By Ben Westhoff and Sarah Purkrabek
By Steve Brennan
By Joseph Hess
By Allsion Babka
By Kelsey McClure
By RFT Music
By Christian Schaeffer
By Gabriel San Roman
True acoustic music -- and, more specifically, bluegrass -- doesn't really change much. When it does, it usually throws up a roadblock between the fanatic traditionalists and the young punks with the banjos. On rare occasions, though, the new-and-different manages to create such an impact that people on both sides of the fence appreciate it for what it's worth. First released in 1971, John Hartford's Aereo-Plain was one such occasion. Bringing together Tut Taylor, Vassar Clements, Norman Blake, Randy Scruggs and John himself, the album stuck a reverent poker in the craw of traditional bluegrass music. After a year, though, the Aereo-Plain Band fell apart, and little was heard from the ensemble since.
That changed this year with Rounder Records' release of Steam Powered Aereo-Takes. It sounds clichéd, and it sounds made-up, but believe it or not, somebody cleaned out his garage and found 80-odd reels of outtakes from the Aereo-Plainsessions among the smelly shoes and tennis rackets. Aired out, the collection bounces erratically, reminding listeners of what was and could've been. Refreshingly, only a couple of the songs here appear on the original record ("Presbyterian Guitar" and "Because of You.") The rest of the CD is a collection of inspired covers of some bluegrass chestnuts and other Hartford originals, all previously unreleased.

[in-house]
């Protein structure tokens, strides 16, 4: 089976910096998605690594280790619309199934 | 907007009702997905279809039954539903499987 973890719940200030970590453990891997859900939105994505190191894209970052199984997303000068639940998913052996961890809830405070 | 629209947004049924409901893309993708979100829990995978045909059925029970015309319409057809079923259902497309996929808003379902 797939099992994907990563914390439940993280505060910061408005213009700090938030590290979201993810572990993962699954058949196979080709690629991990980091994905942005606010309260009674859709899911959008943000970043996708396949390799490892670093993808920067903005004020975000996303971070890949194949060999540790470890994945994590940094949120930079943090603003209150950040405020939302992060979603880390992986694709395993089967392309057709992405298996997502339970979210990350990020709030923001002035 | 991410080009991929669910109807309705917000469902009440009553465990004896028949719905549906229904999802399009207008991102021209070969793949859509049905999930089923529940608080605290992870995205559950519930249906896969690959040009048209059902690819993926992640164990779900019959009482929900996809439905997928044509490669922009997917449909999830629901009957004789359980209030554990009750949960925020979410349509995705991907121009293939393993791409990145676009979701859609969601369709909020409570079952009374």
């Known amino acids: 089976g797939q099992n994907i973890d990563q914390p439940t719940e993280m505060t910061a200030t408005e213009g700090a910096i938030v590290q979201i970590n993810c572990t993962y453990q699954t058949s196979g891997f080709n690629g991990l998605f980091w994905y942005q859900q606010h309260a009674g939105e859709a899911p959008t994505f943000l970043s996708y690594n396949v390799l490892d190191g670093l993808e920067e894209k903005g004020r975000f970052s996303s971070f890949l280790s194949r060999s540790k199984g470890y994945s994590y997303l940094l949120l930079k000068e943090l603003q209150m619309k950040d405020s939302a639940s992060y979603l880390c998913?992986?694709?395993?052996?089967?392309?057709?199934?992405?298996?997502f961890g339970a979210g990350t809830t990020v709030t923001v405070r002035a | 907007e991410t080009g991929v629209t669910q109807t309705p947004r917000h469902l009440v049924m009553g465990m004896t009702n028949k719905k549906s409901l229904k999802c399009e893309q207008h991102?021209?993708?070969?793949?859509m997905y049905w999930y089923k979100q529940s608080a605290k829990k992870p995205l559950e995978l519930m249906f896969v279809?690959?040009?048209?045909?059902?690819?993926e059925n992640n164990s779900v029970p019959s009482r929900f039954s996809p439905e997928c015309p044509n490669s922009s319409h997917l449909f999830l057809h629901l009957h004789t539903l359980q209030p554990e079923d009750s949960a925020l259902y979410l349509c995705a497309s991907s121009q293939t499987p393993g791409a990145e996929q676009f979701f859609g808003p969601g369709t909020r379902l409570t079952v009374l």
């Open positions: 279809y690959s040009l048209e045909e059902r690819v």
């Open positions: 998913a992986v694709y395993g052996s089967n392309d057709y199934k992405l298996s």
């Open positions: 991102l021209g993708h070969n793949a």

Like most outtake collections, Aereo-Takes isn't as cohesive a grouping of songs as the original album, though it still does a damn fine job of conveying the same spirit. On the whole more relaxed than the original album, songs such as "Lady Jane" and "Strange Old Man" reveal a two-or-three-beer ease. Closing out the album is the wry "Howard Hughes Blues," speaking to -- and laughing at -- the madman billionaire lurking in all of us. Clements, Blake and Taylor provide a thick canvas of wooden sound behind Hartford's spoken-easy vocals. Mandolin, Dobro, fiddle and banjo all ring foot-tappingly along. The songs flow and skip and rise and fall, 18 tracks providing one deep look into the goofy, happy, sweet, sad, in-love-with-pickin' mind of John Hartford. The only thing missing is another 18 tracks.